Inner model

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In set theory, a branch of mathematical logic, an inner model for a theory T is a substructure of a model M of a set theory that is both a model for T and contains all the ordinals of M.

Definition[edit]

Let be the language of set theory. Let S be a particular set theory, for example the ZFC axioms and let T (possibly the same as S) also be a theory in .

If M is a model for S, and N is a substructure of M such that

  1. the interpretation of in N is
  2. N is a model for T
  3. the domain of N is a transitive class of M
  4. N contains all ordinals of M

then we say that N is an inner model of T (in M).[1] Usually T will equal (or subsume) S, so that N is a model for S 'inside' the model M.

If only conditions 1 and 2 hold, N is called a standard model. A model N is called transitive when it is standard and condition 3 holds. If the axiom of foundation is not assumed (that is, is not in S) all three of these concepts are given the additional condition that N be well-founded. Hence inner models are transitive, transitive models are standard, and standard models are well-founded.

The assumption that there exists a standard model of ZFC (in a given universe) is stronger than the assumption that there exists a model. In fact, if there is a standard model, then there is a smallest standard model called the minimal model contained in all standard models. The minimal model contains no standard model (as it is minimal) but (assuming the consistency of ZFC) it contains some model of ZFC by the Gödel completeness theorem. This model is necessarily not well founded otherwise its Mostowski collapse would be a standard model. (It is not well founded as a relation in the universe, though it satisfies the axiom of foundation so is "internally" well founded. Being well founded is not an absolute property.[2]) In particular in the minimal model there is a model of ZFC but there is no standard model of ZFC.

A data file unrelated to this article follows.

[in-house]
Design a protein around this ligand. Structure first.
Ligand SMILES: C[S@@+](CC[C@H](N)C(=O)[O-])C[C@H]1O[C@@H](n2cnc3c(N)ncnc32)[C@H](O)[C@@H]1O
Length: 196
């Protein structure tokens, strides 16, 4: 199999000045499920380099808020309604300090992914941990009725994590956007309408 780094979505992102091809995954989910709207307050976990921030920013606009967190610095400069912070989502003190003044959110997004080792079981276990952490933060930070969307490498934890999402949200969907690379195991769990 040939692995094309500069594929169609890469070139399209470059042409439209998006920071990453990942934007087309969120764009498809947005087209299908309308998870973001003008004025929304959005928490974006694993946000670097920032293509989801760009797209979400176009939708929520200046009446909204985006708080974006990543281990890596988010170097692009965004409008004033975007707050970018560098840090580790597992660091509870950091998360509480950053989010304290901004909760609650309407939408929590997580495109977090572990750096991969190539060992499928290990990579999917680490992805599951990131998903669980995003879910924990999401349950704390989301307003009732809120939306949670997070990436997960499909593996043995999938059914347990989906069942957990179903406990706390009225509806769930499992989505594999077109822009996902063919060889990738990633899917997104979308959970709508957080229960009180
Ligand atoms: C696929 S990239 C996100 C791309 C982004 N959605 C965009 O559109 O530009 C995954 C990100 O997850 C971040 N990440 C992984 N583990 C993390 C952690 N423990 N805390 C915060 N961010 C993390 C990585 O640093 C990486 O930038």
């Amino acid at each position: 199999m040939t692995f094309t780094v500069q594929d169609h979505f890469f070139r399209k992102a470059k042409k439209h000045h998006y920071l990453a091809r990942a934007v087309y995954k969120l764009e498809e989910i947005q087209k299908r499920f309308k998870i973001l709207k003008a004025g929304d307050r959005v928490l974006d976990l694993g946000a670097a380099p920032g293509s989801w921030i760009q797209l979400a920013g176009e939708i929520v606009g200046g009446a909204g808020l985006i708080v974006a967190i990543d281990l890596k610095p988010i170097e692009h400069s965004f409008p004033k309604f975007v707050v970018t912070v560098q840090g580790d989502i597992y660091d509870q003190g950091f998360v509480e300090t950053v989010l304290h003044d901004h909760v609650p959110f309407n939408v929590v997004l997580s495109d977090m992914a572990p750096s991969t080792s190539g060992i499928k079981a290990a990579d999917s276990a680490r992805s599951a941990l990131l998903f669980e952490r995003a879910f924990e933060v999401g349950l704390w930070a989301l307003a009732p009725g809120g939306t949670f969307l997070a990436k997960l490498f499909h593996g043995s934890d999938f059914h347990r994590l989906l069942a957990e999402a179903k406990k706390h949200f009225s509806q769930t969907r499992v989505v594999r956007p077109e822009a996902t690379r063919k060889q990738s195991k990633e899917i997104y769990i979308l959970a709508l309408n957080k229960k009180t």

Use[edit]

Usually when one talks about inner models of a theory, the theory one is discussing is ZFC or some extension of ZFC (like ZFC +  a measurable cardinal). When no theory is mentioned, it is usually assumed that the model under discussion is an inner model of ZFC. However, it is not uncommon to talk about inner models of subtheories of ZFC (like ZF or KP) as well.

Related ideas[edit]

It was proved by Kurt Gödel that any model of ZF has a least inner model of ZF (which is also an inner model of ZFC + GCH), called the constructible universe, or L.

There is a branch of set theory called inner model theory that studies ways of constructing least inner models of theories extending ZF. Inner model theory has led to the discovery of the exact consistency strength of many important set theoretical properties.

See also[edit]

References[edit]

  1. ^ Jech, Thomas (2002). Set Theory. Berlin: Springer-Verlag. ISBN 3-540-44085-2. 
  2. ^ Kunen, Kenneth (1980). Set Theory. Amsterdam: North-Holland Pub. Co. ISBN 0-444-86839-9. , Page 117